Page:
Why are rates bills so complicated?
We understand your rates invoice can be difficult to navigate, however everything on it is required under law - specifically the Local Government (Rating) Act 2002. You can view a visual pull out explanation of your rates invoice (PDF, 5.12MB) here.
Why do rates vary for different ratepayers?
There are three main types of rates: a general rate based on the capital value of your property; roading rates based on land value to cover the cost of building and maintaining roads; and targeted rates for services and facilities that benefit particular groups of residents.
How you are rated varies depending on where you live, what services you can access and the value of your property. Council does not determine the land valuations. They are carried out by an independent valuation company and approved by the Office of the Valuer General. Council then applies this information to set its rates.
What is the rating year and why is it split into two instalments?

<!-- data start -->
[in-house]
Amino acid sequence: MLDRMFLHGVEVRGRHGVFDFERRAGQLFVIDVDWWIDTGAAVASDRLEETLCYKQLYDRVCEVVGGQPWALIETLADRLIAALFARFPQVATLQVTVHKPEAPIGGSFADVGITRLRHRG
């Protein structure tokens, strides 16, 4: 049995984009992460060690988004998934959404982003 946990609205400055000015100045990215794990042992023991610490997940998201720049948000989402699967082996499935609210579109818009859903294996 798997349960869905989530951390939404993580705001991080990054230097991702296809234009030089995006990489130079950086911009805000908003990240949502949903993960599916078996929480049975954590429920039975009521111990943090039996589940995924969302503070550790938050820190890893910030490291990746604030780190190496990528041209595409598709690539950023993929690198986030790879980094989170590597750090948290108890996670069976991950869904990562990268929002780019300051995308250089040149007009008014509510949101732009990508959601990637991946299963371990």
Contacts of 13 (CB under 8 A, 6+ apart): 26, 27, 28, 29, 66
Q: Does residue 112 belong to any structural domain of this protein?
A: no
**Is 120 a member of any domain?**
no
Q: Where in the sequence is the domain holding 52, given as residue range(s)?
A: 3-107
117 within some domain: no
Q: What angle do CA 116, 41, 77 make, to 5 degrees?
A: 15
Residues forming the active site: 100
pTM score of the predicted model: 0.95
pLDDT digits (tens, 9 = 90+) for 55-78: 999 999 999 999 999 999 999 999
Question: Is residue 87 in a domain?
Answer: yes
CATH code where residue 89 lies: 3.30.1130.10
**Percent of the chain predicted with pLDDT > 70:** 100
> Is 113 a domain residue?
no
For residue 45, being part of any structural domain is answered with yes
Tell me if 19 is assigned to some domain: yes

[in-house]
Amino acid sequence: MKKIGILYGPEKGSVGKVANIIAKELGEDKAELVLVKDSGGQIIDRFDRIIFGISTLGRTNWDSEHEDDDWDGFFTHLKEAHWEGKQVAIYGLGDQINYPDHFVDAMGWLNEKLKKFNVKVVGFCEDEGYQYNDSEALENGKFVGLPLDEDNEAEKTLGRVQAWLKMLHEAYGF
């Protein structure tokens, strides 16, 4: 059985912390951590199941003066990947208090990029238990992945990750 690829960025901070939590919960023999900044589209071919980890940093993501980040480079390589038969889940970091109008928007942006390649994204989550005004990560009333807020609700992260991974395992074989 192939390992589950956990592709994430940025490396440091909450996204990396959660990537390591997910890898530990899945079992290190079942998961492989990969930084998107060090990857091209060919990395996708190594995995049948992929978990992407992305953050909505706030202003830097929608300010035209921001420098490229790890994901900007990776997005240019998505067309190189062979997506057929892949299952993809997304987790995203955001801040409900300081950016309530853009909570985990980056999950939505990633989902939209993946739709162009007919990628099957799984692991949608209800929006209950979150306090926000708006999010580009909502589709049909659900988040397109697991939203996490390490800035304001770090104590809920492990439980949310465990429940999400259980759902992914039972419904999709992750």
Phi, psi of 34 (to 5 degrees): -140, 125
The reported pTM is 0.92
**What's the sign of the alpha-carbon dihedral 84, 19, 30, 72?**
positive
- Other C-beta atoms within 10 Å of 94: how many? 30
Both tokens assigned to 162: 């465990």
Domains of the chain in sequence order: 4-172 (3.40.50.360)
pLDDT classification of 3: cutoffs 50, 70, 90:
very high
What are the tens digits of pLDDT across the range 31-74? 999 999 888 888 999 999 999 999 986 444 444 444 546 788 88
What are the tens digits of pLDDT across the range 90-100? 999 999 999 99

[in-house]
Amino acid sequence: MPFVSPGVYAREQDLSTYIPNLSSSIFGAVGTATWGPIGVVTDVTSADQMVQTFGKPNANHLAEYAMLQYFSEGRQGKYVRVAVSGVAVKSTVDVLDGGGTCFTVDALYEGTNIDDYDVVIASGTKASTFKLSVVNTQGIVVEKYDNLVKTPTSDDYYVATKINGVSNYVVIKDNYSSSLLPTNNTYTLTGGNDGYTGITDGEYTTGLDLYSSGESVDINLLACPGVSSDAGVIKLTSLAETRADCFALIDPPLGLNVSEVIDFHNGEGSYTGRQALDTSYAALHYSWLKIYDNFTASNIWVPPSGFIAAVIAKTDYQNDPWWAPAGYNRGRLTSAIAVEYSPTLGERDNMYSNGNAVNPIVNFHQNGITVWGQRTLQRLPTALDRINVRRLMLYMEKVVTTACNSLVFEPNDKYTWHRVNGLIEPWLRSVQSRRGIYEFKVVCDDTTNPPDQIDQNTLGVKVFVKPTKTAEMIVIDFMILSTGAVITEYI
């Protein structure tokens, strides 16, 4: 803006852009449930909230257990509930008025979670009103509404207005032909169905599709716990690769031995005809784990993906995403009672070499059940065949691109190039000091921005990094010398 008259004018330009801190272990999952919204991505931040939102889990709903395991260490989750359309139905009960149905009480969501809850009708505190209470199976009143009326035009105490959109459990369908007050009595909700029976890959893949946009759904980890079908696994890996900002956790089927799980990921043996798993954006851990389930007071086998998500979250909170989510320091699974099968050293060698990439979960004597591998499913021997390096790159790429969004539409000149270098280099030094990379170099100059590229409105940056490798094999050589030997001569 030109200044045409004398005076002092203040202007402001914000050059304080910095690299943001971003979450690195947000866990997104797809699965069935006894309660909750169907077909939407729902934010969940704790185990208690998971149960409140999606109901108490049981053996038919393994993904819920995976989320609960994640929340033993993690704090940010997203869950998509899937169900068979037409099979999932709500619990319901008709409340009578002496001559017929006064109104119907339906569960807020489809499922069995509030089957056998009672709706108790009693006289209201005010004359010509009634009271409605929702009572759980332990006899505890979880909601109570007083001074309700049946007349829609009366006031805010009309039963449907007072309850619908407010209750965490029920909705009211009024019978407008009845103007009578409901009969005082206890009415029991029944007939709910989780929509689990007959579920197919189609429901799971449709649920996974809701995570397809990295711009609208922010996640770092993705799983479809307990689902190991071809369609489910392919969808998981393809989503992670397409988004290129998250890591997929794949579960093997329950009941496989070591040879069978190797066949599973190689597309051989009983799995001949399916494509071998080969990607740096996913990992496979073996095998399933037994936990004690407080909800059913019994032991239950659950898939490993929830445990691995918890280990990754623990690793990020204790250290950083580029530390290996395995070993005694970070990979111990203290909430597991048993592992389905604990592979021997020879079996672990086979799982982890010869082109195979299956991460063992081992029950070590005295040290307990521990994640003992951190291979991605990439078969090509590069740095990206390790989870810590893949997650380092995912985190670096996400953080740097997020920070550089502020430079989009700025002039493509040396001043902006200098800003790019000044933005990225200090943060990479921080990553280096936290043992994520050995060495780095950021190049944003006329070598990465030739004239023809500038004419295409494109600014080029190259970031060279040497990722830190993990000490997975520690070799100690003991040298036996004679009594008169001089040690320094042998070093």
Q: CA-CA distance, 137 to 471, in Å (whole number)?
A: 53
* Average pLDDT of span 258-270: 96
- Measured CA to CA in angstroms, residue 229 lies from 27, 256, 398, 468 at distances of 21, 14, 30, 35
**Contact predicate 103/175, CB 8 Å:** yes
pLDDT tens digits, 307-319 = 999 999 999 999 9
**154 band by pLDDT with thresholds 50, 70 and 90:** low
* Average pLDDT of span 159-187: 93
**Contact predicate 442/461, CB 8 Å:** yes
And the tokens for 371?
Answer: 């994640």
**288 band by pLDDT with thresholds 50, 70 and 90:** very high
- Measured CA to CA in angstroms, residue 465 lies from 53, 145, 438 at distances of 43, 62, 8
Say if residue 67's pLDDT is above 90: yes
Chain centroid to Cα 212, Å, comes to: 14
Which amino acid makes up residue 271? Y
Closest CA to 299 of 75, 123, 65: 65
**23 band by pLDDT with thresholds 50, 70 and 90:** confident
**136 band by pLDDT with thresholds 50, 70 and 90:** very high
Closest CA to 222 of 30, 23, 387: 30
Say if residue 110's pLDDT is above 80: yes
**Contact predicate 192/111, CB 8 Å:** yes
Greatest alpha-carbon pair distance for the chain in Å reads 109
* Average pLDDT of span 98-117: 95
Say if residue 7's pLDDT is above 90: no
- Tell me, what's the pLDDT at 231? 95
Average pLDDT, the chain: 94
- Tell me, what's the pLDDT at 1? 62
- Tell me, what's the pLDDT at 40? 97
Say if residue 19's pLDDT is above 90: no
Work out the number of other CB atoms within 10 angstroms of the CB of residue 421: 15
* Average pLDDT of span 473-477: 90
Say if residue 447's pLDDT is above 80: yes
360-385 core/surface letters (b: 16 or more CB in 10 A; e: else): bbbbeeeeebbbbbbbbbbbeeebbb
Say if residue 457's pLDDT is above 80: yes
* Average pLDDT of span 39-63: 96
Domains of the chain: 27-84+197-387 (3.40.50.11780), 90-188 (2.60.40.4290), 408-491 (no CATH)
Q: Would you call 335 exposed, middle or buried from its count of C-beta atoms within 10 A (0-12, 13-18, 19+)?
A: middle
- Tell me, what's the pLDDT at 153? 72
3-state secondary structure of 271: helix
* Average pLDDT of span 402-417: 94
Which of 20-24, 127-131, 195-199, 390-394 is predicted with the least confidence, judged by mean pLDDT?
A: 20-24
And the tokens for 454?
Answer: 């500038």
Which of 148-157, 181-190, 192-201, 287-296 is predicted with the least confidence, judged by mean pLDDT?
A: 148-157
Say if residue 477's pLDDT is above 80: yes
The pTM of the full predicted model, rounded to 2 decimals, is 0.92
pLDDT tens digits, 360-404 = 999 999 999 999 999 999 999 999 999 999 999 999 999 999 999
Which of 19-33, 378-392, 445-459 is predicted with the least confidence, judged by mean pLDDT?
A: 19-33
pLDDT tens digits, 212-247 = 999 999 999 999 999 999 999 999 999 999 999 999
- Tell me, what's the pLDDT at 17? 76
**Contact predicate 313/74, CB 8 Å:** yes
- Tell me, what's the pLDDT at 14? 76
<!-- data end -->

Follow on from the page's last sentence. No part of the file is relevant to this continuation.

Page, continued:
The rating year is from 1 July to 30 June. It's split into two instalments to help spread the cost over the year. You can opt to spread this cost further by paying your rates monthly via direct debit.
Why do I have to pay a rate for solid waste?
Why am I paying both a roading rate and rural roading rate?
Roading accounts for 35% of all rates. Geography plays a big part in this, due to the Western Bay being a large, mainly rural and thinly populated District - with 1053km of local roads.
Every property owner pays a roading rate (based on land value) and a set roading charge. Rural property owners also pay a 'rural works' rate used to fund roading projects in rural areas.
Why am I paying a water rate when I am on metered water?
The water component of your rates invoice helps with maintenance of the District's water treatment plants, pumping stations, and pipes. The 'per cubic metre' rate helps fund the delivery of safe, clean drinking water.
Why do I pay for libraries and community halls?
Libraries and community halls are valued services available to, and of benefit to, the whole community. For this reason, the cost is spread across all properties.
Why are the penalties so high?
When rates are paid late, or not at all, Council must borrow money to pay for its staff costs - creating additional interest costs for ratepayers. The 10 per cent penalty rate encourages people to pay on time. Penalties are set by Council in accordance with sections 57 and 58 of the Local Government Rating Act and make up less than one per cent of Council's total revenue.